Media release: Charities must connect with their communities to survive
Sector leaders have stressed that charities and not-for-profits must engage with their local communities to improve viability and growth following the impacts from COVID-19 and the bushfires.
In today’s impact2020 webinar, Charities Crisis Cabinet Members – Centre for Social Impact CEO Professor Kristy Muir and CEO of the Community Council for Australia David Crosbie – spoke about how engagement has become easier and more acceptable between people and communities during these uncertain times, stressing that it is an opportunity charities must seize.
“Charities were already facing some big challenges prior to the bushfires. The sense in which we are part of a place geographically had diminished. We became disconnected locally, but the bushfires and COVID-19 have made us connect and recognise the value of community and local relationships. Charities must focus on engagement with their communities and need to recognise that engagement is protection against vulnerability,” Mr Crosbie said.
“People have a greater sense of place and hold trust within that place. This fosters a reciprocal nature where these people support local organisations,” Professor Muir said.
“Finding the balance between not just being in crisis mode but also recovery and what that might look like is essential for charities. Organisations which can hold that in parallel will do best in the long-term. Ask what's our purpose, what's the work we do, and does that still serve or do we need reimagining?”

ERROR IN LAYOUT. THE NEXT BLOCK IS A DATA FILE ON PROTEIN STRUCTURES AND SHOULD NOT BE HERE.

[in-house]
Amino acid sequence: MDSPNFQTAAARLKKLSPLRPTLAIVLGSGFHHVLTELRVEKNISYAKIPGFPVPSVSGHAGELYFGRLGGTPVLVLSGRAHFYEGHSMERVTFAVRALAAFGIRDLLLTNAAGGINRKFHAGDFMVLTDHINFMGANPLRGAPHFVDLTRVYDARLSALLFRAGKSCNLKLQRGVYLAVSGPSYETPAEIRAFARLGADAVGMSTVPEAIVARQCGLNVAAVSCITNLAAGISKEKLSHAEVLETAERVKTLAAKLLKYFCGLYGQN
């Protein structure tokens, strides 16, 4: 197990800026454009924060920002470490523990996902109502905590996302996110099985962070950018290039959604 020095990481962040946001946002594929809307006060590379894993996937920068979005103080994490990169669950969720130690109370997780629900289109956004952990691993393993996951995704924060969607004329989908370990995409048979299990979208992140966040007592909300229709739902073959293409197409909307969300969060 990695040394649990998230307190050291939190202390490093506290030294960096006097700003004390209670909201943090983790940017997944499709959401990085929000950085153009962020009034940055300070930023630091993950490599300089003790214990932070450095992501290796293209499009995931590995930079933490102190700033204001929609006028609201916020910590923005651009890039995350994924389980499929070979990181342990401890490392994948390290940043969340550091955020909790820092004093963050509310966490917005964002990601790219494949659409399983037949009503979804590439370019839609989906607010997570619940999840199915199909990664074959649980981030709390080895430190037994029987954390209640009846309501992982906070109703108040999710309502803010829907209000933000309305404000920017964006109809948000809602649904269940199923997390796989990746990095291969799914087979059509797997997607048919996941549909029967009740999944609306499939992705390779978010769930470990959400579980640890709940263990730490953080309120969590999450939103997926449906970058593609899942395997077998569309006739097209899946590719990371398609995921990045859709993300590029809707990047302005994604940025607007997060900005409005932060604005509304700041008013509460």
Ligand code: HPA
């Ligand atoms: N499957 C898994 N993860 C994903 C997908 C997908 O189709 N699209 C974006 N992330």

Mr Crosbie stressed that charities have an opportunity to rethink how they deliver support and meaningful impact for their communities.
“We need to recognise that winning sometimes means giving away things. It’s not always about maintaining programs and services if what you’re working for is a better community outcome. You can close down for a period of time to help you think better, concentrate and bring in other people from within or outside of the community to improve service delivery. We almost have a license to rethink what we do and we don't often get that license so we should use it.
“We tend to become passengers in our own programs. Internationally, charities are much more focused on impact and outcomes. In Australia we focus much more on the programs, which is both a strength and a weakness. In terms of positioning our sector we need to be focused more on the outcome, the communities we serve and how we can do that better, which can free up resources.”
Professor Muir echoed the need for greater impact measurement, saying: “We need more focus on how we collect rigorous longitudinal evidence. A lot of charities don’t have the resources to do what they need to do the work around outcome measurement.
CSI is currently tracking the pulse of the sector, collecting and analysing longitudinal data for the not-for-profit and for-purpose sector now, to improve how we work going forward,” Professor Muir said.
The webinar was part of Centre for Social Impact’s impact2020 – providing free daily webinars to the for-purpose sector to bring people together and achieve brilliant things during these unprecedented times.
To register for an impact2020 webinar and for more information about the summit program and presenters visit www.impact2020.online/program.